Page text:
THE INDIAN ADVOCATE 316
ad so materially with money, and coached so faithfully in the
"Charlie McManus, the model Catholic lad? Of course I
remember him. What has become of him?"
"He stands before you, Father. But he is no longer the
model Catholic boy, but a most wretched, ungrateful scound
rel, who has insulted you most shamefully and "
He was interrupted by Father Welsby, who took the young
man's hand and shook it frankly and affectionately. "My
dear Mac, let us go back into the sitting-room," he said as
he took the young man by the arm.
"Father Welsby," began young McManus, "you cannot
imagine how low, how mean, how abject I feel when I think
of the way "
"Now, Mac, none of that. For the sake of Auld Lang Syne,
not another word about our bumping together in the street
and the little comedy that followed."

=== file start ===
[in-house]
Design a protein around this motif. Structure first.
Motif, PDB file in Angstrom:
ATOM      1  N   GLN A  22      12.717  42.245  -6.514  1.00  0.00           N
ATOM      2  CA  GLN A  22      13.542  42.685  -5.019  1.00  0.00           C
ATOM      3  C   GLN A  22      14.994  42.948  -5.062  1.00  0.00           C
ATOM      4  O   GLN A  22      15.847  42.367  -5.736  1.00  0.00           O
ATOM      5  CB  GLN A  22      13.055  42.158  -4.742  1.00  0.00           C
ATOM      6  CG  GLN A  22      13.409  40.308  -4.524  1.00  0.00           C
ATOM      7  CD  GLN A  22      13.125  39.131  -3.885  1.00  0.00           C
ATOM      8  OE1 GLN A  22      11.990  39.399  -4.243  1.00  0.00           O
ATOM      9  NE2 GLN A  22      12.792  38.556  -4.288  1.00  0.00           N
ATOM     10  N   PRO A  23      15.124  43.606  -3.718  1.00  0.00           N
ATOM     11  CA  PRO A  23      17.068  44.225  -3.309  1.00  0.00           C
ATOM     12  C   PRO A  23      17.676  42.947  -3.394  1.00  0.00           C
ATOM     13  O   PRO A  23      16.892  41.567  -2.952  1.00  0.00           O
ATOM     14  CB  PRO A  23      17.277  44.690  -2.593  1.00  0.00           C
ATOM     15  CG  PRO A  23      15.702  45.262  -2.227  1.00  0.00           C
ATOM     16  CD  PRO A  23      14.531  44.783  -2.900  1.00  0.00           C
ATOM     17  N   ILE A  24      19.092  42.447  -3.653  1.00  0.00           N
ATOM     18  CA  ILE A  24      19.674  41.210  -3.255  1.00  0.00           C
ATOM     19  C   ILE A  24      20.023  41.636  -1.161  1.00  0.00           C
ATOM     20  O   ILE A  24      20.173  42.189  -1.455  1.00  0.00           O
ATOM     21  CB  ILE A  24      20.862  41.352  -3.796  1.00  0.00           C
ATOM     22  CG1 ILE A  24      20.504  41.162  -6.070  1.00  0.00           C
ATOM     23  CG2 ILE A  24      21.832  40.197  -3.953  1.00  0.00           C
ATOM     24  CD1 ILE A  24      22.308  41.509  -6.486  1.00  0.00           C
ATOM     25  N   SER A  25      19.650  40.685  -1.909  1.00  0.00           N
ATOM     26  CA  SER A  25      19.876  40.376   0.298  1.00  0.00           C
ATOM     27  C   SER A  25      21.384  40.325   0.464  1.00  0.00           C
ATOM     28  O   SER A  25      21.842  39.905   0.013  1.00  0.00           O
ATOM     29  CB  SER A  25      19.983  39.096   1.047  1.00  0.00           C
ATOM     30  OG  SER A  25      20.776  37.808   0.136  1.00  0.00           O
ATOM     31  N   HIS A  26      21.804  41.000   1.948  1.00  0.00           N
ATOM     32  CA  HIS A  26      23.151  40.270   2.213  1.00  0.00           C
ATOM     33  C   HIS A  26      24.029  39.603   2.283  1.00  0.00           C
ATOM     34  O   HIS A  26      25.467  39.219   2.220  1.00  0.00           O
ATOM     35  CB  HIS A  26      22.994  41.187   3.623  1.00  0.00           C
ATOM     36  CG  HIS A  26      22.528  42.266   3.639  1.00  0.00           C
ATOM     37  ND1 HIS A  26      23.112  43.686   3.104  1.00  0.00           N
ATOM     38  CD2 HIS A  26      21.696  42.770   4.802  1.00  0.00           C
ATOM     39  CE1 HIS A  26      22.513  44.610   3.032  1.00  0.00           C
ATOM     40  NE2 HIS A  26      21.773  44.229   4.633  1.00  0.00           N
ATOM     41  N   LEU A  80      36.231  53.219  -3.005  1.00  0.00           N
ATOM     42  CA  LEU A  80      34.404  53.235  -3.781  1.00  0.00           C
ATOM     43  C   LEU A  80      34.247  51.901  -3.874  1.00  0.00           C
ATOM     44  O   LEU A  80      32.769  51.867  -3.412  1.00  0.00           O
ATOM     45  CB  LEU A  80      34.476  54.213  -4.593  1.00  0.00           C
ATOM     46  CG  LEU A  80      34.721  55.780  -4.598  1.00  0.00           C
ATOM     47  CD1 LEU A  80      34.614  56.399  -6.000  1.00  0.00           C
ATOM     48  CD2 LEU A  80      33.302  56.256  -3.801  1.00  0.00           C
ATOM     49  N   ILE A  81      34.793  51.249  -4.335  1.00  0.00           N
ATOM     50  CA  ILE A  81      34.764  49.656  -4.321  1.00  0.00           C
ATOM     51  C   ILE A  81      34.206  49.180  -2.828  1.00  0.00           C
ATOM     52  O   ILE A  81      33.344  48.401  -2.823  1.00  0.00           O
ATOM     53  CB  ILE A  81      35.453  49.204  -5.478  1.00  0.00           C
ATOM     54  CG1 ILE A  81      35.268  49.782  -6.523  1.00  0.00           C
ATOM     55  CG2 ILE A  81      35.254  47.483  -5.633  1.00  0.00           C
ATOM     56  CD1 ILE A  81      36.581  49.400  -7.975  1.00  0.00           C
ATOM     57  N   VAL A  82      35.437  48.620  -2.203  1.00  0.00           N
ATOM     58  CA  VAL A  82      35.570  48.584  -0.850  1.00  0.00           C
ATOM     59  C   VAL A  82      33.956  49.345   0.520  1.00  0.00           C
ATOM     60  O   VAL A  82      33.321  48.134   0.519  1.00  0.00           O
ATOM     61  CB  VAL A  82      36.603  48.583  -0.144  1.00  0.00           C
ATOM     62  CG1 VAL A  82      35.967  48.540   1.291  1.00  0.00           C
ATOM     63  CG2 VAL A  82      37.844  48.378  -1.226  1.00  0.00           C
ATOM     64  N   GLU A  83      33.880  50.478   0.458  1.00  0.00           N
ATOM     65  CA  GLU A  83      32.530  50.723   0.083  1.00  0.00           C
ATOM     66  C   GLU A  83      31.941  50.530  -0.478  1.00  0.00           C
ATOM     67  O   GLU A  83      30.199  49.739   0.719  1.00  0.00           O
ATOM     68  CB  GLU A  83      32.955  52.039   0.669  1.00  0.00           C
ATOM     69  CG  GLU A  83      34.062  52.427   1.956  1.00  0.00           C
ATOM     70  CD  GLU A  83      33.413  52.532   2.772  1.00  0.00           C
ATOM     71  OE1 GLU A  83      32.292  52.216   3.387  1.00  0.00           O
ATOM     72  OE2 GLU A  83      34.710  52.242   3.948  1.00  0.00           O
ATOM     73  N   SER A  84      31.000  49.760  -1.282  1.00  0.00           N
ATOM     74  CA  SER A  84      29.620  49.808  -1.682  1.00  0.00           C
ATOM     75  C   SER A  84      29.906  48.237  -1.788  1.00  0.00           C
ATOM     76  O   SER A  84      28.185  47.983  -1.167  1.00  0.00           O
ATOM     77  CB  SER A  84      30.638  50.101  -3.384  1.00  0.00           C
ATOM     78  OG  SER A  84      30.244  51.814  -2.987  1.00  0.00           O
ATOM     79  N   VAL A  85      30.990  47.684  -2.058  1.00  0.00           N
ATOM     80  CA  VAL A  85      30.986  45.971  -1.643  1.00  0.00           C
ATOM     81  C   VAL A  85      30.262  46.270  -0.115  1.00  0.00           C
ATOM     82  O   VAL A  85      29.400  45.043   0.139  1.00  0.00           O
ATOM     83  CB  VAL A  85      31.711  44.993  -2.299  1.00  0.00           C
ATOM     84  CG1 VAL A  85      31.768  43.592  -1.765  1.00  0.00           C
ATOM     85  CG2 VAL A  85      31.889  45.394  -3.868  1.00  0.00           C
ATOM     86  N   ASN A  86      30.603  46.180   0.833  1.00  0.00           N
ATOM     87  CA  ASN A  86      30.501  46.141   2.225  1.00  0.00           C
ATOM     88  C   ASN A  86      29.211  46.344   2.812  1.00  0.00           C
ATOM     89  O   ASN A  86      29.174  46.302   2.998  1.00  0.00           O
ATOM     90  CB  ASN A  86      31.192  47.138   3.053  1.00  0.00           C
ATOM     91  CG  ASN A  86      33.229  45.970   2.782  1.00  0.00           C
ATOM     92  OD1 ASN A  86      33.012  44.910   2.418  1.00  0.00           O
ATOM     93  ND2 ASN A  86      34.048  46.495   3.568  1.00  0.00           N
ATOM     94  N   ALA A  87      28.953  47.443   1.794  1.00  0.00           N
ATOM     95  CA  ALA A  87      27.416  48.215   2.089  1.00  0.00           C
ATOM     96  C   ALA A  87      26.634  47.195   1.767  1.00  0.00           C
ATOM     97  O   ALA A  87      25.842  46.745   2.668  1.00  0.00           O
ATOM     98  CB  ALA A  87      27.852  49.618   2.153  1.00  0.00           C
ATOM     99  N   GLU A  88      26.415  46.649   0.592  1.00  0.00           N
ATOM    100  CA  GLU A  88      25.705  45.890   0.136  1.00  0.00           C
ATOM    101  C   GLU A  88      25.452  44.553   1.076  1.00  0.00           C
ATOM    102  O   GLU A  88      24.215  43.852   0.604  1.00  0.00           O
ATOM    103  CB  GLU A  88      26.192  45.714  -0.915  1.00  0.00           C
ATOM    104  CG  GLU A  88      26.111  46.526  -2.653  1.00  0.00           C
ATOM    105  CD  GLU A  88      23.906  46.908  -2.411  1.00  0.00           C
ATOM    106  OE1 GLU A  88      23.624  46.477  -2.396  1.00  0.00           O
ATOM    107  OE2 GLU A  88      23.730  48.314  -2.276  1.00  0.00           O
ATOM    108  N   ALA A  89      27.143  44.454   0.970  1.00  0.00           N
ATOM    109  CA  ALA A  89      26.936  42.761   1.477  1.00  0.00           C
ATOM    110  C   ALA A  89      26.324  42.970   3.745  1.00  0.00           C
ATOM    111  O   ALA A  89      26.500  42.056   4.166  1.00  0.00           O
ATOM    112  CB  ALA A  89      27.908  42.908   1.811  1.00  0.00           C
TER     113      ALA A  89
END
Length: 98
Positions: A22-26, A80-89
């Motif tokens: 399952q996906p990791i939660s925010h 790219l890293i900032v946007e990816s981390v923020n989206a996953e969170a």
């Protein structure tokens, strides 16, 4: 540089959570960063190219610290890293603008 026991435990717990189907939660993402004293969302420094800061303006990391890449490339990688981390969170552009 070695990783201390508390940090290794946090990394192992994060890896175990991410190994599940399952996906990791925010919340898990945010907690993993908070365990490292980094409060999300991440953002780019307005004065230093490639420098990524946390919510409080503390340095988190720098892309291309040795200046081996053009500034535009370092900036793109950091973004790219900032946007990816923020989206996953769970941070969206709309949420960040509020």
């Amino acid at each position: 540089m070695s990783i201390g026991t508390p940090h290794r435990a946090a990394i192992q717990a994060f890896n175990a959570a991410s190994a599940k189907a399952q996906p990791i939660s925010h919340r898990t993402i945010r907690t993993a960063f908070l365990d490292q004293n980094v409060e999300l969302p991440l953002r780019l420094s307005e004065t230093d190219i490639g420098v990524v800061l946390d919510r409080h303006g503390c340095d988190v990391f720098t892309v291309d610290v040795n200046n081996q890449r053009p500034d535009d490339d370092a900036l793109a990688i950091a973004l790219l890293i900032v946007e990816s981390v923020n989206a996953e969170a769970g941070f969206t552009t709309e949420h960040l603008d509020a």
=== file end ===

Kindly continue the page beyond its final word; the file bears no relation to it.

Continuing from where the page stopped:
"There is no butting in my house. Tell me what you have
been doing with yourself these fourteen years. By this time
you ought to be a most successful lawyer."
"I ought to be; but alas! I am nothing but a vile, wretched
dissipated spendthrift. I have squandered my talents, my
money, my time, in search of pleasure, and I have found
nothing but disappointment, misery and mental suffering.
Ever since I gave up the practice of my religion, I have never
enjoyed a moment of real happiness. My temper has been
soured, my health impaired, my mind obscured, my will
weakened. In fact, my whole existence has been poisoned.
If I had the courage to burst asunder the heavy and loath
some chains that bind me to this heart I would
"You would make a good confession, my dear Mac, and re
pair the past and be happy, as happy as you were at Shafts
bury when you practiced your religion."
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